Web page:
interlopers as often as birds that did not use as much or any plastic at
    all in their nests, said the study. Scientists observed 127 kite nests
    in Spain’s Donana National Park.

  • Thanks for answering. It’s so cool to read your blog and know that somewhere in the great wide ocean, my thoughts are being considered <3
    I HIGHLY recommend The Story of B… It's my favorite of the series.

    • Jess and Roz et al, I really enjoyed “Beyond Civilization: Humanity’s Next Great Adventure” Have had good intentions, but haven’t yet read “Ishmael” … thanks for the motivation ;-D

  • Coincidentally to today’s blog topic, an extended debate arose today on my local freecycle about the discontinuation of plastic bags in local grocery stores. One contributor posted the following video in response to the discussion. Beautifully narrated and all of four minutes:

  • Roz, I just now left my nearby coffee shop where I access wifi (sound familiar?) and happened to catch a glimpse of the full moon peaking through the treetops … 9:23PM PT … worthy a haiku ;-D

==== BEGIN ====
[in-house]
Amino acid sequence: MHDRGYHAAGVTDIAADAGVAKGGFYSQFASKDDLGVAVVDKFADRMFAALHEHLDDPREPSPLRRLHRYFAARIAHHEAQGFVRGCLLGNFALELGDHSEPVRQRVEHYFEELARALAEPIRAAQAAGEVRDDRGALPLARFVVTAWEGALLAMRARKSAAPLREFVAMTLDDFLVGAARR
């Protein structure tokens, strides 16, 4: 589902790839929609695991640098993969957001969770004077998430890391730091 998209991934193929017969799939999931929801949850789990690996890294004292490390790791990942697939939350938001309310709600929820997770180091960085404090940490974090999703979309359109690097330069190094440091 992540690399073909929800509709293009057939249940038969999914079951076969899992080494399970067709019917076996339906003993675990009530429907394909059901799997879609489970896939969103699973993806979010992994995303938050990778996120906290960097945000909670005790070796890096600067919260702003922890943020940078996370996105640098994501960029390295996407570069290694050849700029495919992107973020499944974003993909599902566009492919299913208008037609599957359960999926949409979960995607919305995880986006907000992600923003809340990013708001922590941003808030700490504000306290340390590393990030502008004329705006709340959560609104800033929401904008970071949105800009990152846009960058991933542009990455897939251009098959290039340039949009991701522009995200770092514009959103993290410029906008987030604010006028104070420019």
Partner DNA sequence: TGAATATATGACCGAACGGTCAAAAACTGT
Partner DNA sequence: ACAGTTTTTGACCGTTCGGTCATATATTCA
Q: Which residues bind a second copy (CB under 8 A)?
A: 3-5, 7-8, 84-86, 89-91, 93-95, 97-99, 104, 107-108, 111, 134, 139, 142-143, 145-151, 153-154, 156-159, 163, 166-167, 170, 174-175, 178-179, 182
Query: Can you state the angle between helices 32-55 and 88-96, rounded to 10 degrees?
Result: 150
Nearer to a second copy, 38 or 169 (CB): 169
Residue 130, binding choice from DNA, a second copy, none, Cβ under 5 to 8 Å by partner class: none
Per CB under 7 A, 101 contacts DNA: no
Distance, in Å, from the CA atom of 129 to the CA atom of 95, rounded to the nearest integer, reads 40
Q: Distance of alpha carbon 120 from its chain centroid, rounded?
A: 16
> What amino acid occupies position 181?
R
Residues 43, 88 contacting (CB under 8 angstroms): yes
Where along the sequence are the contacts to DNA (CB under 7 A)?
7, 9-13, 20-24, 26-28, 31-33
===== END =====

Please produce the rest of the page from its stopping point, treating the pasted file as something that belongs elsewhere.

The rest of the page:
purple black blue sky
    nine twenty-three precisely
    balmy warm cool moon

    Hoping you caught a glimpse too, Roz!

    • Can’t match your haiku Doug, but did step out my door of my floating home on the river and looked up at the full moon glowing and shimmering its reflection out across our river…thinking of the millions, and of Roz, who may have had a show if her cloudy skies might have parted for an hour or so…

      • Shimmering on the river … reminds me of a pre-dawn drive to work in the east bay (Oakland) viewing the moon and reflection on SF Bay … spectacular … envy your floating abode ;-D

  • Inspired by your travels I am reading The Venturesome Voyages of Captain Voss which I bought when I saw his boat, the Tilikum, in the maritime museum in Victoria, BC. He ate the flying fish that landed on his boat and said they were tasty!  He also told a sick mate to drink a cup of seawater each day as a cure for seasickness – the sea must have been a bit cleaner in the early 1900s.

    Amazing tales and incredible writing style.  He bought his boat as a dug out canoe, then put masts and sails and some boards in side. 
    Meanwhile – my husband always says “Don’t borrow worry from the future”. Various versions for anyone who wants to read it at the Internet archive:

  • wow. I guess I really need to put down the Vonnegut (in an attempt to stop reading the depressing ocean non-fiction stuff) and read Ishmael. I promise!! by the time you hit India, I will have read it!! (sort of an unequal challenge, huh!!! heehee!!)